Chef Hugh Fearnley-Whittingstall is closing Bristol restaurant

Chef Hugh Fearnley-Whittingstall is closing Bristol restaurant River Cottage Kitchen after seven years of trading as he becomes latest victim of ‘dining industry crisis’

  • Fearnley-Whittingstall, 55, is known for presenting his River Cottage TV series
  • The chef owned three River Cottage Kitchen restaurants in Bristol, Axminster and Winchester but has reluctantly decided to close the Bristol site altogether
  • The closure is yet another blow for Britain’s struggling high street food chains

Celebrity chef Hugh Fearnley-Whittingstall is the latest high-profile restaurateur to close a business as the high-street dining crisis continues.

The demise of River Cottage Kitchen in Clifton, Bristol, after seven years of trading, has been blamed on ‘rising costs and challenging market conditions’.

The River Cottage Kitchen closure comes as the owners of other restaurants, such as Chiquito, Pizza Express, Frankie and Benny’s, and, most famously, Jamie’s Italian have all been forced to close outlets or go into administration. 

The closure of River Cottage Kitchen, Bristol again proves that even famous names don’t provide immunity against the high-street dining crisis. 

Jamie’s Italian, founded by celebrity chef Jamie Oliver, went into administration last year owing £83million.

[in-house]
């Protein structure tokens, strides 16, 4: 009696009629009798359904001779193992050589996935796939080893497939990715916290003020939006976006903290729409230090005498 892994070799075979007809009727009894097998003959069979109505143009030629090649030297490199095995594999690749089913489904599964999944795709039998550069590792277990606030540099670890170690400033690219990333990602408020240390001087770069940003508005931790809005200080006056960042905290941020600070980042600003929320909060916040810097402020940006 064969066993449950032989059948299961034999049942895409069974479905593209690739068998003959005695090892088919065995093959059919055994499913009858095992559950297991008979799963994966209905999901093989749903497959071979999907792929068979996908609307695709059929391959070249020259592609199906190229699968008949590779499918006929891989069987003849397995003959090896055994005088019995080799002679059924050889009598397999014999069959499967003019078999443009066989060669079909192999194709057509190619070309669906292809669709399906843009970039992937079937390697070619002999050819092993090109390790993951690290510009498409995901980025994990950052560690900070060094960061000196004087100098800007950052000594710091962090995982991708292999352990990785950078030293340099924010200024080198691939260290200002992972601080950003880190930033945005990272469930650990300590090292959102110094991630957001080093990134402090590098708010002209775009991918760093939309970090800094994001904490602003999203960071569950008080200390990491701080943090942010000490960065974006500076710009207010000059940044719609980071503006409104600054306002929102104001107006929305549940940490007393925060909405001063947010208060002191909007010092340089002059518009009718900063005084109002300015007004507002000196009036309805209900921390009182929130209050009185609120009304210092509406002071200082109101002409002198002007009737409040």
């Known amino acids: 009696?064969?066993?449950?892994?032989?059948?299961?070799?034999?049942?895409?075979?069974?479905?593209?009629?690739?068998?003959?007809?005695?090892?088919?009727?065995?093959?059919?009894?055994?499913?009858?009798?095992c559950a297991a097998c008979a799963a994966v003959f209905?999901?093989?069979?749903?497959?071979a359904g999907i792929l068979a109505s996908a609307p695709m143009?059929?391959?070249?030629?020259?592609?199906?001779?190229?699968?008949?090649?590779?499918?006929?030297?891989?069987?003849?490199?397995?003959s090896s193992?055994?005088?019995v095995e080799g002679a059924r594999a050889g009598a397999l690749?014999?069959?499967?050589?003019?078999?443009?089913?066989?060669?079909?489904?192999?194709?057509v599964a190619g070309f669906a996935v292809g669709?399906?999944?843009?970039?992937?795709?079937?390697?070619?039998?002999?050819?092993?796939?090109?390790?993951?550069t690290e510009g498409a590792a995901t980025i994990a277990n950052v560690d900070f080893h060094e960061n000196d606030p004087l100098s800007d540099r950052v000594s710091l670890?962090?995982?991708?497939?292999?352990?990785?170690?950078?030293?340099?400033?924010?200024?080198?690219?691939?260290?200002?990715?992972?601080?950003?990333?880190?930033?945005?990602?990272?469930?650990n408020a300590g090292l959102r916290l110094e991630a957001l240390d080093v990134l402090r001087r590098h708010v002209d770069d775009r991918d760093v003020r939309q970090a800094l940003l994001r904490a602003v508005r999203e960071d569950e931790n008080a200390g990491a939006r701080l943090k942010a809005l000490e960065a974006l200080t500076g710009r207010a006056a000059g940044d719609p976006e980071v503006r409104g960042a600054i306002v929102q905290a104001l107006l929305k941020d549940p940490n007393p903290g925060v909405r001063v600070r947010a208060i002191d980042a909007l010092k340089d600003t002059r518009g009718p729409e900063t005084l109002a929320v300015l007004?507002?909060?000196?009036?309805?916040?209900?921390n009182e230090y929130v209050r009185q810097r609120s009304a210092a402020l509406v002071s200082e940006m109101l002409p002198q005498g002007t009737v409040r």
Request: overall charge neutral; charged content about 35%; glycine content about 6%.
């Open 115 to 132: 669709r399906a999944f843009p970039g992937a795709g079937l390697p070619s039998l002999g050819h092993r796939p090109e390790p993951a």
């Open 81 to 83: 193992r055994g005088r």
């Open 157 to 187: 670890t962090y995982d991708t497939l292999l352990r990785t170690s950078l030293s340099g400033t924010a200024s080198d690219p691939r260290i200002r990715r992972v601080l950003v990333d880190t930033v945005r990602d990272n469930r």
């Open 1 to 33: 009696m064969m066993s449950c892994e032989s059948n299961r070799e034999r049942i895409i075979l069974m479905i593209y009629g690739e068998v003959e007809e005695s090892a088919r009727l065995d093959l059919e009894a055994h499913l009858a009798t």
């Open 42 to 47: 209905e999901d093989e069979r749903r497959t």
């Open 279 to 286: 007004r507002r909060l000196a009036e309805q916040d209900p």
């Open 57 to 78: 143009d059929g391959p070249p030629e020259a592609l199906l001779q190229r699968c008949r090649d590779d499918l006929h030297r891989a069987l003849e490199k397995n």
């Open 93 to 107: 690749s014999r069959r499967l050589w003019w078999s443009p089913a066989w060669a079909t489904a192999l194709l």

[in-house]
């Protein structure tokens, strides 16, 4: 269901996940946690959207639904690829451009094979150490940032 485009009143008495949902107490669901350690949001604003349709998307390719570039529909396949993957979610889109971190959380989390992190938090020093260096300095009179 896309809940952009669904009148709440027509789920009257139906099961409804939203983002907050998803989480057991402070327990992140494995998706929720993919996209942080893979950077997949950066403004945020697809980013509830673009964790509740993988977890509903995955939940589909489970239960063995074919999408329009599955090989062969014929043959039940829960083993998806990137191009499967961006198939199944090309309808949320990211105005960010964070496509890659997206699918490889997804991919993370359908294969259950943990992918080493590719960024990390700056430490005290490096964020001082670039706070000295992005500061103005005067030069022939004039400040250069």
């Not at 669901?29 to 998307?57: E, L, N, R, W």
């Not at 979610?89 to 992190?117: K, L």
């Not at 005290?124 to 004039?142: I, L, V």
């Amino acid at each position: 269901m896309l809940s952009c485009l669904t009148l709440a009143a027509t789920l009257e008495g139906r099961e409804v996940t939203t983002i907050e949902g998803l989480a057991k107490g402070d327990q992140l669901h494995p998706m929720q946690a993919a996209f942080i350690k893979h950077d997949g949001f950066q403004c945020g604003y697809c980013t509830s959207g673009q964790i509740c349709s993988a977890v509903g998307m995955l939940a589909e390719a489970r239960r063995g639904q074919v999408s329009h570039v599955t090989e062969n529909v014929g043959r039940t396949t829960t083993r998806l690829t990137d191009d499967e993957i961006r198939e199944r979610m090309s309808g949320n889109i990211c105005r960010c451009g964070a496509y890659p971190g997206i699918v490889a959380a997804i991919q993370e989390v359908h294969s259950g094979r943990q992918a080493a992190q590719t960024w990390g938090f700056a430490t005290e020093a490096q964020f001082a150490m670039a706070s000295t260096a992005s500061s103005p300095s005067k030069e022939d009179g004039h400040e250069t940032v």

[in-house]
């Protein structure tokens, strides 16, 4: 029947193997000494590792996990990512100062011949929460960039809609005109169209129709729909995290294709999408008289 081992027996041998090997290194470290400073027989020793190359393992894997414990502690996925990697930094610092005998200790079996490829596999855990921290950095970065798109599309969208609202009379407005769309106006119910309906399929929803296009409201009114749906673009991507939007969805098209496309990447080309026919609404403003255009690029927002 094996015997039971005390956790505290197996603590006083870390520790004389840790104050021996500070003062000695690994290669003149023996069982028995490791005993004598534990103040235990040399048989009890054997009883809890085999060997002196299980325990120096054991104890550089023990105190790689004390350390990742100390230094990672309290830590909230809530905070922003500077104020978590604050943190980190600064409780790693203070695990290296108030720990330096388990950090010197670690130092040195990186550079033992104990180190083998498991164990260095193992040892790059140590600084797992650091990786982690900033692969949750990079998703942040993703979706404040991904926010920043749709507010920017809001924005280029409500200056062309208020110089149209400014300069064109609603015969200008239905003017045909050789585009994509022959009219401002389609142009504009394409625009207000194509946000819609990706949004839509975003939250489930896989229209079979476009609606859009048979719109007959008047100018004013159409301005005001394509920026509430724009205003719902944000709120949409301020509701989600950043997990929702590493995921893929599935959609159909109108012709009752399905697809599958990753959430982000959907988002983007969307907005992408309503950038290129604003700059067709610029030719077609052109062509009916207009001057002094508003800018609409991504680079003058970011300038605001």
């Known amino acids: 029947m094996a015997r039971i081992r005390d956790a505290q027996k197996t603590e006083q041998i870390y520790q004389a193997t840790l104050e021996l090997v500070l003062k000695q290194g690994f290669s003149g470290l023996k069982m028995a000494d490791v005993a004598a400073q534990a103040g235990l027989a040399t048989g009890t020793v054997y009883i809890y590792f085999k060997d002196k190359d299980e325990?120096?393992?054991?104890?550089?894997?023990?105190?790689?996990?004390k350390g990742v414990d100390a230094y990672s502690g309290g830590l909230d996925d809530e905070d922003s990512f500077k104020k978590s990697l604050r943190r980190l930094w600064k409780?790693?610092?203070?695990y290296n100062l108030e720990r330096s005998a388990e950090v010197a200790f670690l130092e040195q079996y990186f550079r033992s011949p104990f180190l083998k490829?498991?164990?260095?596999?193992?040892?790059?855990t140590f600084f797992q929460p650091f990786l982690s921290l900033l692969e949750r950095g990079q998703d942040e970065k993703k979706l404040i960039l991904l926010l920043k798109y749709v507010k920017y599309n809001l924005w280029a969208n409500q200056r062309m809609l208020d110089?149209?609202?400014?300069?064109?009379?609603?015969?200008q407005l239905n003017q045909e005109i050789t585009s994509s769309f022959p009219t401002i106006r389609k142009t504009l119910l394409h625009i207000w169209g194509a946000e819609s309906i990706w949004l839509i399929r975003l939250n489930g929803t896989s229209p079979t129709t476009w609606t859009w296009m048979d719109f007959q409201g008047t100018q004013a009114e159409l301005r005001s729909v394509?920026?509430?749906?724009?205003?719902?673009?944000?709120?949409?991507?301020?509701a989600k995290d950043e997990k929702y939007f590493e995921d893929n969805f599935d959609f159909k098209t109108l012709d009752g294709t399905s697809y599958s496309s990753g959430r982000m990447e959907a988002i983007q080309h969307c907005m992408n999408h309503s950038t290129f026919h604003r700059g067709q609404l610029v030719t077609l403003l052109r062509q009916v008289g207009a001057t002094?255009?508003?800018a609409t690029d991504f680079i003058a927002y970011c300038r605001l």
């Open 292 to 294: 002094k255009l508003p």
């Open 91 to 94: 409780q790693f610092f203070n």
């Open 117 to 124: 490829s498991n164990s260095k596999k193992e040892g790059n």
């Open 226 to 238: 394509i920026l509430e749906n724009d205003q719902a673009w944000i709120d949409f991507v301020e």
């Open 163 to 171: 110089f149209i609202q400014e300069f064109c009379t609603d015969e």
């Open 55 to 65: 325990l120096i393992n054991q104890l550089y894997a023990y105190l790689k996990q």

The celebrity chef is best known for his River Cottage TV series and his successful cookbooks

Hugh, 55, expressed his disappointment at the closure of the Bristol restaurant (pictured) but said the move will enable the business to concentrate on its sites in Axminster and Winchester

More and more of Britain’s most familiar of brands are disappearing from the high-streets for good. Restaurant chains and department stores that were once household names and taken for granted are now fighting for their survival. 

Hugh, 55, expressed his disappointment at the closure but said the move will enable the business to concentrate on its sites in Axminster and Winchester, and an expansion of ‘River Cottage HQ’ in Devon.

In a statement on the River Cottage’s website, he said: ‘Following a full review of our business we have made the difficult decision to cease trading at our Bristol site.

‘We’ve had a wonderful seven years in Bristol and I am deeply saddened that we cannot find a way to continue trading here.

‘I have a strong personal connection to Bristol, having lived here just around the corner from the restaurant for most of the last 4 years.

‘I very much hope that River Cottage will return to the city in the future.

‘I would like to thank our amazing team who have worked tirelessly over the years making our restaurant a fantastic place to eat and drink.’ 

He added: ‘We will be open until 27 March and until then we very much look forward to welcoming guests as warmly as ever. Please come in and say goodbye. 

Jamie Oliver’s Italian restaurant chain was founded in 2008 and soon swelled the company’s presence to 40 outlets nationwide – but it collapsed last year owing a staggering £83million

River Cottage Holdings, the restaurants’ parent company, is expect to report significant losses for the second year in a row.